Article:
Walmart Organizing Dilemma: Publicity Strikes without Publicity

boycott-wal-mart-shareNew Orleans     We are now several weeks past Black Friday, the annual shopping extravaganza that seems to defy logic, but one hardcore, working mother desperate for Christmas bargains defined it as her annual “Super Bowl of shopping.”   Walmart company representatives have described this year’s day after Thanksgiving shopping blowout as their best ever.

OUR Walmart, the UFCW’s Walmart workers organizing campaign, had declared that there would be more than a 1000 protests around the country with thousands of Walmart workers striking to protest abysmal wages and working conditions.  The company claims that there were no more strikers in 2013 than they had seen in 2012.  Yet, clearly giving the rollup it has to be unquestionable that there were more actions in 2013, whether rallies or demonstrations or witnessing or whatever, but were there more strikers and under any circumstances how do we prove the point and move forward?

And, that’s the organizing dilemma.  What happens when you issue the call for these kind of publicity strikes and people come, but no one knows?   Does it have any effect?  Is this a tree falling in the forest that is heard or ignored?

The silence in the press reports of the results of Black Friday, regardless of the ink before the day was deafening.   There was absolutely nothing in the New York Times or the Wall Street Journal or even USA Today.   Local papers were equally quiet.   Perhaps this should not be a surprise, even though it deprives the organizing of the attention it is seeking from the events, because Black Friday is also the Super Bowl for the print media in terms of advertising, so there may be a lot more turkey sandwiches made of leftovers that Friday than reporters and their editors biting the hands that are feeding them huge full page Walmart ads and inserts.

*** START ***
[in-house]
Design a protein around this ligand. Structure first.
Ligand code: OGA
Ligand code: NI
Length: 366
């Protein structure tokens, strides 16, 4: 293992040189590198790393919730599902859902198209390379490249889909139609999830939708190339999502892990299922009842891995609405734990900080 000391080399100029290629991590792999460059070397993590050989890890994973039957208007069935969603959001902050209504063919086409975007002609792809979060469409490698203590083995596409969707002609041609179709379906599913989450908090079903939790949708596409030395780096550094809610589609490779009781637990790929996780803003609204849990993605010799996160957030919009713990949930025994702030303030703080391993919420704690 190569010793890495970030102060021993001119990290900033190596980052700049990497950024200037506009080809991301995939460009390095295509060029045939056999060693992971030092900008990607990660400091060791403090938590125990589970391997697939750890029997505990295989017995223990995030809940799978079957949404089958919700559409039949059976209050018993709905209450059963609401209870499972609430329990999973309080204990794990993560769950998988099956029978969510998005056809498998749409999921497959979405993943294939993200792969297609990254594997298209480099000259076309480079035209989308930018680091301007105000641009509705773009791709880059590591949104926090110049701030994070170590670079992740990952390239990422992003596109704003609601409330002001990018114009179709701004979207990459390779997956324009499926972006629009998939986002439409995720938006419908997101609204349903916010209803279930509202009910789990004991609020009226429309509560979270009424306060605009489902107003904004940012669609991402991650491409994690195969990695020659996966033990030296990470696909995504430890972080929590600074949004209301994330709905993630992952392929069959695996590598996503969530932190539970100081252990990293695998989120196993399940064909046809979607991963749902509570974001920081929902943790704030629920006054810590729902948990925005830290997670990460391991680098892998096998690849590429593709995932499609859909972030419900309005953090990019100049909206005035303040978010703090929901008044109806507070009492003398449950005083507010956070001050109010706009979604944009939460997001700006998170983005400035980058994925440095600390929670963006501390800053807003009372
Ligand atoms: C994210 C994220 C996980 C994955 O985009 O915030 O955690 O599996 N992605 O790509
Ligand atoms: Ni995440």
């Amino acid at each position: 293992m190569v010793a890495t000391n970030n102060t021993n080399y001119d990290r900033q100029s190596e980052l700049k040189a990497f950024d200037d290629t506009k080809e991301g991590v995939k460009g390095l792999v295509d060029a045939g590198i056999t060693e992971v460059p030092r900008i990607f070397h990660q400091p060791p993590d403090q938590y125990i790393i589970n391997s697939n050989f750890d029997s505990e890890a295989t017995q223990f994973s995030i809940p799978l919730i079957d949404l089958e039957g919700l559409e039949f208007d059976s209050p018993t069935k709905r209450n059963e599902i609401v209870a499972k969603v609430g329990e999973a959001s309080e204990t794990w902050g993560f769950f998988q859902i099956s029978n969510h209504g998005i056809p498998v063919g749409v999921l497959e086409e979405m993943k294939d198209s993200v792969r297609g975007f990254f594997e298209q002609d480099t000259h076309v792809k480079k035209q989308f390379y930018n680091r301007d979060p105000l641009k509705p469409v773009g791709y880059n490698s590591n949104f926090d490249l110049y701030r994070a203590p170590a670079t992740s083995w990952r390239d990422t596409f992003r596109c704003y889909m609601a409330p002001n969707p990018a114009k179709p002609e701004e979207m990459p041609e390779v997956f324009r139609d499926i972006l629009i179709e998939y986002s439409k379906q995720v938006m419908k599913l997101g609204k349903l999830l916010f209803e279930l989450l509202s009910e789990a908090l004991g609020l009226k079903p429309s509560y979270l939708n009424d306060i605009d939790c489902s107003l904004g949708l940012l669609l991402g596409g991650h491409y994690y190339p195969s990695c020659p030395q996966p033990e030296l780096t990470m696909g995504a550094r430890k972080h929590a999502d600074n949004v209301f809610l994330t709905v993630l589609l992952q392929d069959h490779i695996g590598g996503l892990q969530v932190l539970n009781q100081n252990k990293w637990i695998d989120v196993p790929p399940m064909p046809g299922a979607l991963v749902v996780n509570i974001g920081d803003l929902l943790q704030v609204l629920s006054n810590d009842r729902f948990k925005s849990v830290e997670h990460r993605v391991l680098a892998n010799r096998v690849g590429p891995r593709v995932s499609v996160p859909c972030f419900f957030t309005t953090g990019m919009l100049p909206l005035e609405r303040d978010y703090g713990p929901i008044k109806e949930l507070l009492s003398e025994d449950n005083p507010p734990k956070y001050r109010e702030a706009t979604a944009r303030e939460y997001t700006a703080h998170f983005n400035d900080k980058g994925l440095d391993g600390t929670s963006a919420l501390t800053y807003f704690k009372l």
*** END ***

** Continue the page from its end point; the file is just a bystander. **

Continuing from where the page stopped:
Tactically, I wonder if the campaign even wanted that much independent news coverage.   Many of the actions were scheduled to greet shoppers as the stores opened.   With the depleted number of newspaper reporters at daily papers, how many editors were going to see the Walmart actions as worth the effort to assign a reporter to some store at dawn?  Perhaps in this public relations war for the hearts and minds of America over low wages, OUR Walmart and the UFCW didn’t really want that many reporters counting the number of strikers this year in the way they did last year, and therefore depressing the union’s claims with contradictory counts?   One rightwing group claims to have infiltrated organizing meetings in Chicago, Raleigh, and elsewhere and claims that organizers were scrambling to recruit workers to show on Black Friday, though that means little, since no matter the number of “yesses” we have, scrambling for numbers is a permanent default condition for all organizers.

In truth the only real semi-comprehensive coverage that I have been able to find of the real strike and rally activity is web-based, particularly from various writers on the Huffington Post.  There were vivid, early morning reports of 40 stalwarts at a Dallas store, including some workers, despite the fact that organizers had estimated 200 would be there prior to Black Friday.  There were outstanding pictures of a larger, later in the day, rally in Los Angeles with several dozen actual workers and a dustup in Secaucus, New Jersey.